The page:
Your financial security is your future

Deciding to leave an abusive partner is all about regaining control, says Betty-Anne Howard, a financial planner with Athena Wealth and Legacy Solutions in Kingston, Ont.

Howard, who has a master’s degree in social work, says that’s part of what makes leaving these situations so dangerous.

“When you leave an abusive partner, they're feeling as though they can't control you anymore,” says Howard. “And so then that accelerates and magnifies how that person is going to try to get control.”

And what better way to try to control someone than by attacking their finances?

Whether racking up purchases or withdrawing funds from a joint account, cutting off payments or threatening expensive legal actions, threatening someone’s financial security puts their entire future at risk.

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The first step is finding help

Cindy Scharff, a family lawyer with Gelman and Associates in Barrie, Ont., says while safety is always the number-one concern in cases of intimate partner violence, how someone is going to leave should be their next thought. And in most cases, that will involve access to money.

“A lot of people are starting from zero trying to figure out: Well, what do I even have? And then, what do I need? Both of those can be big unknowns to people when they're trying to figure out how they can do this,” says Scharff.

Howard emphasizes that it’s important women in this situation seek out “good help,” or people who won’t bully them into action. Those seeking to leave an abusive situation need to be able to make their own decisions in their own time.

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But there are some things that can’t wait until someone feels emotionally ready. Howard says if your partner is your named beneficiary on any registered accounts, life insurance policies or your power of attorney, it’s important to remove your partner from those documents right away.

Not doing so can cause problems well after you’ve moved on with your life, Howard says. She often hears of cases where couples have split up and it’s only when someone dies years down the road that it’s discovered their former partner is still their beneficiary on everything.

On top of that, women leaving abusive situations will often want to wash their hands of their former partner, says Scharff.

But especially when children are involved, Scharff encourages clients to envision their future and what they’ll need financially to accomplish their goals. That means not turning down alimony, child support or your share of the marital assets.

Howard adds she often reminds women the support they’re entitled to could make a huge difference in their lives. Understanding their rights and picturing their future selves can encourage women to fight for what they’re owed.

What to do when you don’t have money to leave

While some can afford the time to get through these situations, others may not be in a position to afford professional help like a lawyer or financial advisor.

Community organizations help fill a void when support is otherwise out of reach. Howard recommends reaching out to local shelters or transitional housing to learn what supports are available in your community.

Every province and territory offers legal aid services, which makes it possible to seek support navigating the justice system, regardless of income.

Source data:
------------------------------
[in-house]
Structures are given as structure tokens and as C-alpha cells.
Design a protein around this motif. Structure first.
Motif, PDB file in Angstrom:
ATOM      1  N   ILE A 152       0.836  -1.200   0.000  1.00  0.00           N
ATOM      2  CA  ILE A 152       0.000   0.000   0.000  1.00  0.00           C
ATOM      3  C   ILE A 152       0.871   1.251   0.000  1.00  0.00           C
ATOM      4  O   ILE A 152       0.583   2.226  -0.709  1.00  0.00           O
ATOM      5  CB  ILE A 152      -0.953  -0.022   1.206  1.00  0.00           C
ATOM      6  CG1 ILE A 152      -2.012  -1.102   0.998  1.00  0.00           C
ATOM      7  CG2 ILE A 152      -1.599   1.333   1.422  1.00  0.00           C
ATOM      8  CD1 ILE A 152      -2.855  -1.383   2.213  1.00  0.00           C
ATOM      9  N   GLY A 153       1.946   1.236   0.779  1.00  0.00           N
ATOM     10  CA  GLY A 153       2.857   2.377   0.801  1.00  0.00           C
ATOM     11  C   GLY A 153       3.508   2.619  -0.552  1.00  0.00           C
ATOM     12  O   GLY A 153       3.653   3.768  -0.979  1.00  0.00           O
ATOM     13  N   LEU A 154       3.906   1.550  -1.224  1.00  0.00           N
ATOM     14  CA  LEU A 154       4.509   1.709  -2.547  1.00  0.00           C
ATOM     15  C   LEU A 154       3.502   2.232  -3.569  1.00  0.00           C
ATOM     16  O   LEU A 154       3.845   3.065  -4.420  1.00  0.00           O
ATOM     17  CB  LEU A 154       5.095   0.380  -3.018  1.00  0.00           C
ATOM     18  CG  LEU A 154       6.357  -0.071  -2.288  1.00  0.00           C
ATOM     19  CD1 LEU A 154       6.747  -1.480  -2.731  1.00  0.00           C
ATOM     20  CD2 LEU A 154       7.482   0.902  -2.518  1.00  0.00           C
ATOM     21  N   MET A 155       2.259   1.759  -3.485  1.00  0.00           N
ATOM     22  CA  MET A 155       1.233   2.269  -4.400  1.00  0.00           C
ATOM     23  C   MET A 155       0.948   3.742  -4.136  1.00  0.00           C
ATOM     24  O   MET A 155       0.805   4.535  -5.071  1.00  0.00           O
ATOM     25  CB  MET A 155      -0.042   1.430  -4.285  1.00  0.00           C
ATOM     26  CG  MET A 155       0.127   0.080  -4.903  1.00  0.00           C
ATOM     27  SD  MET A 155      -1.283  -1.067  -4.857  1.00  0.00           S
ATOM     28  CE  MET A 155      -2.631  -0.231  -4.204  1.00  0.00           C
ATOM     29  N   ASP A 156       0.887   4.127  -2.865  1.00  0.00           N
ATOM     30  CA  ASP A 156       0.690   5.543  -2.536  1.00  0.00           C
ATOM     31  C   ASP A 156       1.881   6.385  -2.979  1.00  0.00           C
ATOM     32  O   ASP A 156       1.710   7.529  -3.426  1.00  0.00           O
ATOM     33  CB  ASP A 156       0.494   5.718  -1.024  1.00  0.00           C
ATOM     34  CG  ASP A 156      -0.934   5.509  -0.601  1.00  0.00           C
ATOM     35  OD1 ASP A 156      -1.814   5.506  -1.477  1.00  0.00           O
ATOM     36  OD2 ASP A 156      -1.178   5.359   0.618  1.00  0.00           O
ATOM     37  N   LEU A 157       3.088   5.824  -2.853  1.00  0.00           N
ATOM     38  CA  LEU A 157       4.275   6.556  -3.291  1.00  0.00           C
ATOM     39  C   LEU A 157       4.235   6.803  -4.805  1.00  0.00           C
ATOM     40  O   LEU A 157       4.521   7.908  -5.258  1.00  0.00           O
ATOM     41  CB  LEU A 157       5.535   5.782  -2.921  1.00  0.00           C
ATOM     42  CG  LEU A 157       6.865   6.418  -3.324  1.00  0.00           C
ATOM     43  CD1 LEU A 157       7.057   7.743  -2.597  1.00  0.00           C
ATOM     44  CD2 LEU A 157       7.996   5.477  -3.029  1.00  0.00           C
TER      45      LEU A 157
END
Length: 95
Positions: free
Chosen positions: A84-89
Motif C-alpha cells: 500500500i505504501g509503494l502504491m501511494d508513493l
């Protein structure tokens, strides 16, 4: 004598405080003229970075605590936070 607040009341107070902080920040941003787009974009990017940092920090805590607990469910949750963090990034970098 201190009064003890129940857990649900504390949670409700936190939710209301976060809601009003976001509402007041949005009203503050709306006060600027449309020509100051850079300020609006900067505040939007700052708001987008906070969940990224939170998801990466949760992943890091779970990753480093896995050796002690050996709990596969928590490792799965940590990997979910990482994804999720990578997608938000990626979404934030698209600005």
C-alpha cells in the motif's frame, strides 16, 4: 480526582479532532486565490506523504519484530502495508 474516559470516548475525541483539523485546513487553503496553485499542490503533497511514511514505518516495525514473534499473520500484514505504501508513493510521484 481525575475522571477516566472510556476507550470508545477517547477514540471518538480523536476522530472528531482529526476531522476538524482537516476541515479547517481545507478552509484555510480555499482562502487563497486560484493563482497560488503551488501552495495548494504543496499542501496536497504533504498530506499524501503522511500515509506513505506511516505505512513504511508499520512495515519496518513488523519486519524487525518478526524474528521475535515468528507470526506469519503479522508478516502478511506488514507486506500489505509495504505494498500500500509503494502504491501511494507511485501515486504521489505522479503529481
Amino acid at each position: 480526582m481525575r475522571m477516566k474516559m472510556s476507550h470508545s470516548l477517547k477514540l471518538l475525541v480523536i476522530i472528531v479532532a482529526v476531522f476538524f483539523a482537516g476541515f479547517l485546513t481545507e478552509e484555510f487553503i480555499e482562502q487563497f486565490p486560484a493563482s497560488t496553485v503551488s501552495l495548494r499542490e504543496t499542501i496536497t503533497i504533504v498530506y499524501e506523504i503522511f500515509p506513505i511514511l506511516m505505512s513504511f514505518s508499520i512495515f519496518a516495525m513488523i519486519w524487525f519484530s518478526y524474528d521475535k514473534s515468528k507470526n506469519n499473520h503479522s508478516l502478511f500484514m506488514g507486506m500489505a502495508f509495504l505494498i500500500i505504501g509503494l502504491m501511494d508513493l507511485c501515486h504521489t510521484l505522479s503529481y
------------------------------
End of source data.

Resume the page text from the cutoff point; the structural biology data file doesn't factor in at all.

One province that is going beyond the basic level of support is Alberta, which provides residents with a family violence credit to help cover the immediate costs associated with leaving an abusive home.

Along with the province’s other intimate partner violence programs, Justin Marshall, press secretary for the government of Alberta, says his employer takes the threat of family violence seriously.

“Giving people access to the right information could potentially save their lives,” says Marshall.

Quebec also stepped up its support for survivors last year, announcing it was setting up a hotline, 1-833-REBATIR, for victims of intimate partner violence to receive free legal advice. And in the fall, the province also allocated the money to create an emergency fund like Alberta’s.

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Find your network

Howard says support is out there for survivors looking for help — even if it may take some digging to find.

She adds she would never turn away a woman looking for support, and that many financial advisors would look for resources or connections to help a woman in need.

Scharff adds that calling your financial institutions to give them a heads up of the situation can help protect you from any retaliatory actions. In some situations, lawyers can file an emergency motion to freeze certain assets — but that can take time, and the other party will be notified.

Even when it comes to collecting documents, survivors need to be careful. Round up everything with your name on it, but keep in mind that you can be legally liable for damages if you invade someone’s privacy to access their financial records.

“First and foremost … they have to do what they need to keep themselves safe,” says Scharff. “But also putting their mind ahead of time to how the financials are going to work is key to being able to get out and being successful once they’re out there.”

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About the Author

Sigrid Forberg

Sigrid Forberg

Reporter

Sigrid is a reporter with MoneyWise. Before joining the team, she worked for a B2B publication in the hardware and home improvement industry and ran an internal employee magazine for the federal government. As a graduate of the Carleton University Journalism program, she takes pride in telling informative, engaging and compelling stories.

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